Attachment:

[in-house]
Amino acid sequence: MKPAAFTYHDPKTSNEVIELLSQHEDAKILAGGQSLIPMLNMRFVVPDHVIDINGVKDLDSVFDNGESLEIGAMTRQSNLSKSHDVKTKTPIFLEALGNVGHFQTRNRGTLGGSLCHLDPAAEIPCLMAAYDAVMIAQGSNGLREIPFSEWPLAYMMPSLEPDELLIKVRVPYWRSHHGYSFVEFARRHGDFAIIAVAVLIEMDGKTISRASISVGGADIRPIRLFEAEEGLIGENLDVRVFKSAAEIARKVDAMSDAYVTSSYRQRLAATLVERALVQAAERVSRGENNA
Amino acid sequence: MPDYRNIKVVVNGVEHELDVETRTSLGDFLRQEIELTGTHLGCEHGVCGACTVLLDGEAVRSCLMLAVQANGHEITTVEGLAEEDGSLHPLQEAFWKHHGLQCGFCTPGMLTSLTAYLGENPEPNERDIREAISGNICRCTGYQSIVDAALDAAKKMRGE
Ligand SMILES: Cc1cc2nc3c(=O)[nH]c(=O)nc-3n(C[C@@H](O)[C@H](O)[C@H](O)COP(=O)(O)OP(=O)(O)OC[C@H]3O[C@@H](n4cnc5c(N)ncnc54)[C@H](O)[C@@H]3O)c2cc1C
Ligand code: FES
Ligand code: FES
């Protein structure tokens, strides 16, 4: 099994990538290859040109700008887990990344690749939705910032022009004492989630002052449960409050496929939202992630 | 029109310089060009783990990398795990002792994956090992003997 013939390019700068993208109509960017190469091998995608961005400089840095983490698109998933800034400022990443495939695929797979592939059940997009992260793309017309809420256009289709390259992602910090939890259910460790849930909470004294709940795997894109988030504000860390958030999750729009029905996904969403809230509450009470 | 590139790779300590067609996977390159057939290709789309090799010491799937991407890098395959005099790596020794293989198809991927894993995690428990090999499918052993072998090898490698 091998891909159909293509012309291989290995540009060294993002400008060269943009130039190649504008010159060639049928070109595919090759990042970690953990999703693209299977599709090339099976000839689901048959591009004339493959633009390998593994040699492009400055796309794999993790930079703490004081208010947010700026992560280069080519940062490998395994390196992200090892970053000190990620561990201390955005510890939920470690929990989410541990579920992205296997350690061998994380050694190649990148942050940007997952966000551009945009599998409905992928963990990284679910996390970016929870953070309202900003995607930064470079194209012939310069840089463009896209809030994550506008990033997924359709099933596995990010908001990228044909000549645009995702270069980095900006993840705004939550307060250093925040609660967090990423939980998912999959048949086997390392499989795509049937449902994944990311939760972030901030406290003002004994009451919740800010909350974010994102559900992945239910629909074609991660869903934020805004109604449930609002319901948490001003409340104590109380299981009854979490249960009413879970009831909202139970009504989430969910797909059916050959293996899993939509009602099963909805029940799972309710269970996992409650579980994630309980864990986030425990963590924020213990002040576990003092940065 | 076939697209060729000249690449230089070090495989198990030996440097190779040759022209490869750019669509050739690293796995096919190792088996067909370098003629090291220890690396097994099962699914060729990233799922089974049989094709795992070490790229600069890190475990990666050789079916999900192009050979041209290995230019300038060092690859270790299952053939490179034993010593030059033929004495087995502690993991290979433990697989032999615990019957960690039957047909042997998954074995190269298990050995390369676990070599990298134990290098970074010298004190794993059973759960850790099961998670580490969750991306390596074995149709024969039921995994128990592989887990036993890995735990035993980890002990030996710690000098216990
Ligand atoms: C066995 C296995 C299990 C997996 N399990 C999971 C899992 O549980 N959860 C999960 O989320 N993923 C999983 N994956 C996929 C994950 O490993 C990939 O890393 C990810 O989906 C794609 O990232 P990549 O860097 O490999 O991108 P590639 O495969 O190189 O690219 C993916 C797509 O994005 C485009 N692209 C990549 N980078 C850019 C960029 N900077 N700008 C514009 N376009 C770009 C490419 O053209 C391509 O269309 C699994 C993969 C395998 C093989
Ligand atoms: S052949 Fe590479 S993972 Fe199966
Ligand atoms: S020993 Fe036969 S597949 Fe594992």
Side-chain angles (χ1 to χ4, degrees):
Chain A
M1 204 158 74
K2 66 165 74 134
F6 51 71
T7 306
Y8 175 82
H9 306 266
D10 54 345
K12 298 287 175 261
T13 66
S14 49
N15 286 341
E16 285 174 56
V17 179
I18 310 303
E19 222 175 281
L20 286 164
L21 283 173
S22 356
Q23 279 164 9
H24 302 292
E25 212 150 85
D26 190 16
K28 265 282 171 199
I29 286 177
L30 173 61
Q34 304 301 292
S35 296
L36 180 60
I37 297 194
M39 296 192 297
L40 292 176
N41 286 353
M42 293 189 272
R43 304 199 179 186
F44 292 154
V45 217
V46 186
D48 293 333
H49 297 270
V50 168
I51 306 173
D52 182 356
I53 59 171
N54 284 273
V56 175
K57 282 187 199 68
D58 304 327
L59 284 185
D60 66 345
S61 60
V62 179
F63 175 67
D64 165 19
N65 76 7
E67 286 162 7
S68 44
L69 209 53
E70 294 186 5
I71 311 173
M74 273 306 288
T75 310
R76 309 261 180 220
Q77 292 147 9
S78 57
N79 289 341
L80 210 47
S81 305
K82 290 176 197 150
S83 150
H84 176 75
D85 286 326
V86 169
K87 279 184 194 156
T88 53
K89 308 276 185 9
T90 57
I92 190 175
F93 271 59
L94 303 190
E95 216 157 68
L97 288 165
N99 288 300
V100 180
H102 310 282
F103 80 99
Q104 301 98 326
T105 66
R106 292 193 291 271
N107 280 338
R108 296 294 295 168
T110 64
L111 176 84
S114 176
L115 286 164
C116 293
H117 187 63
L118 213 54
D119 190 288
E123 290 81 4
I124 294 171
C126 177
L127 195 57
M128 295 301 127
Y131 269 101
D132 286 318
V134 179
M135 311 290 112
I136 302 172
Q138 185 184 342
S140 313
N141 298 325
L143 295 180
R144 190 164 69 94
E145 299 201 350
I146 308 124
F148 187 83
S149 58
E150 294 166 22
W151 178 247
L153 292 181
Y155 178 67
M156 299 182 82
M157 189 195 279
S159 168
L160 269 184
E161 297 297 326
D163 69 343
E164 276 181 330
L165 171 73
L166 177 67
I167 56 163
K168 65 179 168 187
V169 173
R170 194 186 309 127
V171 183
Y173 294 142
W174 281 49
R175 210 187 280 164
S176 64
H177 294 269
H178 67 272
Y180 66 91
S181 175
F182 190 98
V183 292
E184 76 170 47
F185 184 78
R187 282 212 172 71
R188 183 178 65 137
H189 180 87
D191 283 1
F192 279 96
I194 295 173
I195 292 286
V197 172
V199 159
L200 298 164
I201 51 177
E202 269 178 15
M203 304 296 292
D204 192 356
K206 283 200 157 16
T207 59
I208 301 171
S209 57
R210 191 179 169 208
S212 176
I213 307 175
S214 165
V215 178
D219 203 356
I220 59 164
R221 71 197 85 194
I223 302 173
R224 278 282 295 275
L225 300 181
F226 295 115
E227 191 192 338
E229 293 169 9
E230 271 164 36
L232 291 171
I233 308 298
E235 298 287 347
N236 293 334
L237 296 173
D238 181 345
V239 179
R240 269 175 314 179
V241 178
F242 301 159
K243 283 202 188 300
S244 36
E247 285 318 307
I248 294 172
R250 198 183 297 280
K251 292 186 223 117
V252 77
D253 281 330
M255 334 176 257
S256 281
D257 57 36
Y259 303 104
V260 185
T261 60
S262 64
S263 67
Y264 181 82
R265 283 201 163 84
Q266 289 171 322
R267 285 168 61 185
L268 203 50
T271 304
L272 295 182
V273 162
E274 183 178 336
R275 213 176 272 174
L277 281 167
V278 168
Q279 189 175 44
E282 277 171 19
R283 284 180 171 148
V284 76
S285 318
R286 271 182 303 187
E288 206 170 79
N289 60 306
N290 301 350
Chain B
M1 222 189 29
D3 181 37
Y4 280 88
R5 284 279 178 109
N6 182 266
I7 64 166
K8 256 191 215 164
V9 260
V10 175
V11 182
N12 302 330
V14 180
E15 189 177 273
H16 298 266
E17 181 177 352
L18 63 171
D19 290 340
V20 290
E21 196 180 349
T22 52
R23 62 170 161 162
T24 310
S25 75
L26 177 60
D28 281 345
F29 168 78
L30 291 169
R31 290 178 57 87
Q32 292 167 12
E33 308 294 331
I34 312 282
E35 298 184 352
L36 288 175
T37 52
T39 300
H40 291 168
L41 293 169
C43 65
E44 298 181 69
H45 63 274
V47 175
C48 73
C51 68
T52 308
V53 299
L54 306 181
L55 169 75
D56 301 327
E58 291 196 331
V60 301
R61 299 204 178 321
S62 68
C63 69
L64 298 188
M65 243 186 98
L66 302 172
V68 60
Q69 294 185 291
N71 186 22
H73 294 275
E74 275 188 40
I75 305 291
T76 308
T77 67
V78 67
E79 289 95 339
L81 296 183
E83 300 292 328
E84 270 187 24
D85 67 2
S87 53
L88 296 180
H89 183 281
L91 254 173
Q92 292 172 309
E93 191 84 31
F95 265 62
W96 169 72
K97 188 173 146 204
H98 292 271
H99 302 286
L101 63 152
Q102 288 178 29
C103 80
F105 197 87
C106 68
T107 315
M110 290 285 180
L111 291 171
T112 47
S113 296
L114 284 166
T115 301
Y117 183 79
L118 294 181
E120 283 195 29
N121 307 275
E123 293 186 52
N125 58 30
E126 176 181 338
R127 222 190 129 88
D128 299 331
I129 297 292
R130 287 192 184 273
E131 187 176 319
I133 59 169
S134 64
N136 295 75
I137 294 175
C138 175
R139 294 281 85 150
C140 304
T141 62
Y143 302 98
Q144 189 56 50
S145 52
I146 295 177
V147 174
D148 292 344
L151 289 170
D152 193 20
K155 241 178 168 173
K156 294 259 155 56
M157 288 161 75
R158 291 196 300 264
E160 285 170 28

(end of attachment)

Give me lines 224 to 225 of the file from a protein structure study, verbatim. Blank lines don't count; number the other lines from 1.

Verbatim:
T271 304
L272 295 182